```

We have allocated three such variables, one to represent the initial board (generation 0), and two to store the state of the board as it evolves. The cells from (1,1) to (BoardSize, BoardSize) represent the actual board, and the extra border at 0 and BoardSize+1 - which will be set 'off' - allows us to use a simple routine to count the number of 'on' neighbours.

The first step, before reading in the data, is to initialise the board holding generation 0, including the border outside, to be off. This is accomplished by:

```var
i, j: Integer;

for i := 0 to BoardSize+1 do for j := 0 to BoardSize+1 do
Gen0[i, j] := False;
```

We read the keyboard input into a sub-board, and then copy this into the main board:

```const SubBoardSize = 5;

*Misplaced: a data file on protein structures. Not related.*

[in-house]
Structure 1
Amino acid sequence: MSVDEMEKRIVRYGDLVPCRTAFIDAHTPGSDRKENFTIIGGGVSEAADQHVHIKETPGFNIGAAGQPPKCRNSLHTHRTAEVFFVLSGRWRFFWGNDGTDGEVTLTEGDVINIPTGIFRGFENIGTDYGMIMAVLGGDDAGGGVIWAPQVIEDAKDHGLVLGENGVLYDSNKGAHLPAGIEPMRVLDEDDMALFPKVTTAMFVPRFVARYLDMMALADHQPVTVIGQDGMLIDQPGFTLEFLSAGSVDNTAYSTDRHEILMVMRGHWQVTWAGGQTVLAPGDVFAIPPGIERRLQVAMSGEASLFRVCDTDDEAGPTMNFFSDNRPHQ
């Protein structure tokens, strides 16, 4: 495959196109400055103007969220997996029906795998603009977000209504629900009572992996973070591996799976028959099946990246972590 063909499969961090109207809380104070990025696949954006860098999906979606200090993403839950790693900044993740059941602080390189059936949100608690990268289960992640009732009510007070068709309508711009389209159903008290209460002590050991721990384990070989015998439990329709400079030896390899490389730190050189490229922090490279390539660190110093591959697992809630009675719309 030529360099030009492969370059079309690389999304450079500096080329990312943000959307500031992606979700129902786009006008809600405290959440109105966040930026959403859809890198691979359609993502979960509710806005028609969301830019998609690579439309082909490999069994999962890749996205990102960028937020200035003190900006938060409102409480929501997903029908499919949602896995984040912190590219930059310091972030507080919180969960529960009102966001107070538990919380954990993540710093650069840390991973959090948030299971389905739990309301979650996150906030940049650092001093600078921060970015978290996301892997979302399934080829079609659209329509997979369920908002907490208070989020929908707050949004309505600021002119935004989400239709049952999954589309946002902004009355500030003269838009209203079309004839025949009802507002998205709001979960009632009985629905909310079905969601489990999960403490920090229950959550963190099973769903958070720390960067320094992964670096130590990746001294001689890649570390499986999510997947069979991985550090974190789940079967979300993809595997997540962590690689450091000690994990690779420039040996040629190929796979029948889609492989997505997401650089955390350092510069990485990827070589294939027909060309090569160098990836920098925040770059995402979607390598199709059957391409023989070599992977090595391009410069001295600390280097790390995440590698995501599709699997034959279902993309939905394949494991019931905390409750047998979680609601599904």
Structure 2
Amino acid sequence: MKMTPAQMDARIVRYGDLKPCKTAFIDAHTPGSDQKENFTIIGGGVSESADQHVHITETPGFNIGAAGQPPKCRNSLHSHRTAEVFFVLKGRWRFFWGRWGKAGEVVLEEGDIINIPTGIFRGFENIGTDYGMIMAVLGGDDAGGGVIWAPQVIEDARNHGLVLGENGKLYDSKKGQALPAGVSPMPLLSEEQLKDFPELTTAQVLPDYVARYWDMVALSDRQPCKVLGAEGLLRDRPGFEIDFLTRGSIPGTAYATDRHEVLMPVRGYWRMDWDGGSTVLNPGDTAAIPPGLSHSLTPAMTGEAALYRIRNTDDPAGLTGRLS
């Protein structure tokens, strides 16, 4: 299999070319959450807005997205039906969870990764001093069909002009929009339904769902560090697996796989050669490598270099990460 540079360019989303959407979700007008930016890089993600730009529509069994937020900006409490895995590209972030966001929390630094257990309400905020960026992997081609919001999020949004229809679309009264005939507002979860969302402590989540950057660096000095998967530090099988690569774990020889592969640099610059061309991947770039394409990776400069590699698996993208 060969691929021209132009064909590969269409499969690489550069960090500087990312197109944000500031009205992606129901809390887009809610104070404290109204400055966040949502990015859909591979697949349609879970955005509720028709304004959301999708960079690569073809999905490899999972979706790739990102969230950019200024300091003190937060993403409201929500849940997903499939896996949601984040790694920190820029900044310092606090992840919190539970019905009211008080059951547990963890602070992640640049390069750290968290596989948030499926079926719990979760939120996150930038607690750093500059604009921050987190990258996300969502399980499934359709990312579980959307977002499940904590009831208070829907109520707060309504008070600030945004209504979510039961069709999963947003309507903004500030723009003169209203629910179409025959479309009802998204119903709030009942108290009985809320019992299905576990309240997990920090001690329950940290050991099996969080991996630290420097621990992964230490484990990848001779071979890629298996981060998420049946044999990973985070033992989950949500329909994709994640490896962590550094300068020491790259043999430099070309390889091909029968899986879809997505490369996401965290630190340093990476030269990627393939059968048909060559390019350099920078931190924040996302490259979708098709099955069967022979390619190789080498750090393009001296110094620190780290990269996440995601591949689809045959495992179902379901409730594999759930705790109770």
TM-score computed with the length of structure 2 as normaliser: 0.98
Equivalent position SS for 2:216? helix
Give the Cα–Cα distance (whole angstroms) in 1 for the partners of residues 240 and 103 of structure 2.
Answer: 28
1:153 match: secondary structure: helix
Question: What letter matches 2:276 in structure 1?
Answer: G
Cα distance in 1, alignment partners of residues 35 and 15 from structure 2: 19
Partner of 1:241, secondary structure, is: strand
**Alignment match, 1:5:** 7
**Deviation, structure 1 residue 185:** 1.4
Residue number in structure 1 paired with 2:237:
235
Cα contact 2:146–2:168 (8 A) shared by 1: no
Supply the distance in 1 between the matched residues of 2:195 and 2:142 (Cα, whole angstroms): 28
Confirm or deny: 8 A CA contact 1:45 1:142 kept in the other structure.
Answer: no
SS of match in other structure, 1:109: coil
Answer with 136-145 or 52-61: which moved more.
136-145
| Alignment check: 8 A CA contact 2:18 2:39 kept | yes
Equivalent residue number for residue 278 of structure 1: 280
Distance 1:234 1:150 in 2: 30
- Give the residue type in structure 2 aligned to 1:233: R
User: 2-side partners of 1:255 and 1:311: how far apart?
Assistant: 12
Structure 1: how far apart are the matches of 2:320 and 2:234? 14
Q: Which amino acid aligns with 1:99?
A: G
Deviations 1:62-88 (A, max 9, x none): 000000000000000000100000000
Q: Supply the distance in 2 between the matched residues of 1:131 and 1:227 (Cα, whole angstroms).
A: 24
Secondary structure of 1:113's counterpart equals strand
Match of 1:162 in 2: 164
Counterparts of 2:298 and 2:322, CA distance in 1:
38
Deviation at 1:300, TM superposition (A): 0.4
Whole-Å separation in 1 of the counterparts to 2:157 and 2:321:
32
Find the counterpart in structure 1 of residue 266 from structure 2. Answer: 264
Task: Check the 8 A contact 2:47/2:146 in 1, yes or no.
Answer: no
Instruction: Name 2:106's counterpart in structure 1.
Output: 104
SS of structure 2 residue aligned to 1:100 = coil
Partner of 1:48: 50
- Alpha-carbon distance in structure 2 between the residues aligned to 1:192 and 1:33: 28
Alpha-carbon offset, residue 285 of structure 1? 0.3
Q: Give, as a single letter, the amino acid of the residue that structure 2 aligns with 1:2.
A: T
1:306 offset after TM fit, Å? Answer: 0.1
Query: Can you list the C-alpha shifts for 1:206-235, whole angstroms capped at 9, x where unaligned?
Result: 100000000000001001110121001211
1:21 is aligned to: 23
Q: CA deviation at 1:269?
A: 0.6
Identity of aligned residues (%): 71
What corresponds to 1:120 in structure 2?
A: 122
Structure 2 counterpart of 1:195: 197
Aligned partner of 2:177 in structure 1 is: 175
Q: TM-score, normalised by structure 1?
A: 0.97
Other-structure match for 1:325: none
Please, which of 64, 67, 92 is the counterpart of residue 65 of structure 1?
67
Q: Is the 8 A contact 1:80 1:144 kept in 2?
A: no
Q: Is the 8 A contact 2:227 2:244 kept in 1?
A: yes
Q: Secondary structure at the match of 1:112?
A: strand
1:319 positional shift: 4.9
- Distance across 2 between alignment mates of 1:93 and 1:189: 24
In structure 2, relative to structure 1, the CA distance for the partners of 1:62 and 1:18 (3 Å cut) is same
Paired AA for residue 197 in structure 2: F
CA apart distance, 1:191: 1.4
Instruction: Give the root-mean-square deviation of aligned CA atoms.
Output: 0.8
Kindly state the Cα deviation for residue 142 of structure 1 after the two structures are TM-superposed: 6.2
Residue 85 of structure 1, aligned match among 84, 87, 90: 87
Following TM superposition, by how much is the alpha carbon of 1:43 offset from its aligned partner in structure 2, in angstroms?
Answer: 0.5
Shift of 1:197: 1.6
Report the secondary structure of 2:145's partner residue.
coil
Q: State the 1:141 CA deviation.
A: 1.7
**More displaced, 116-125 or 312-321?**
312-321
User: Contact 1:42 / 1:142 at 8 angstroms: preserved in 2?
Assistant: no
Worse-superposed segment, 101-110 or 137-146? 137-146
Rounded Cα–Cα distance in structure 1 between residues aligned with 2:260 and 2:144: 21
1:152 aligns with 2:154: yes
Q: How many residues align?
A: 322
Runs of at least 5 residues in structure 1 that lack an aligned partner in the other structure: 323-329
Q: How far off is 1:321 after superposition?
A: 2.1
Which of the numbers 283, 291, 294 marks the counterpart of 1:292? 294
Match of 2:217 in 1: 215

var
SubBoard: array[1..SubBoardSize, 1..SubBoardSize] of Boolean;
c: Char;

WriteLn('Enter starting board with . representing off, anything else means off');
for i := 1 to SubBoardSize do
begin
for j := 1 to SubBoardSize do
begin
SubBoard[i, j] := not (c = '.');
end;
end;

for i := 1 to SubBoardSize do for j := 1 to SubBoardSize do
Gen0[
i + (BoardSize - SubBoardSize) div 2,
j + (BoardSize - SubBoardSize) div 2] := SubBoard[i, j];
WriteLn('making Generation 0 as follows:');
Board := Gen0;
ShowBoard;
```

(Not all languages will allow you to copy one array onto another with a statement like Board := Gen0; - but this can be done using a pair of for loops.)

The last line fulfils another requirement set out in the question, that of displaying generation 0. We call a procedure ShowBoard, which displays Board in the required format. This will also be useful later on.

```procedure ShowBoard;
var i, j: Integer;
begin
for i := 1 to BoardSize do
begin
for j := 1 to BoardSize do
begin
if Board[i, j] then Write('0') else Write('.');
end;
WriteLn;
end;
end;
```

Calculating generation n

We must now implement the rules of the game of life to step from one generation to the next. Going to generation n can then be derived by stepping n times from generation 0.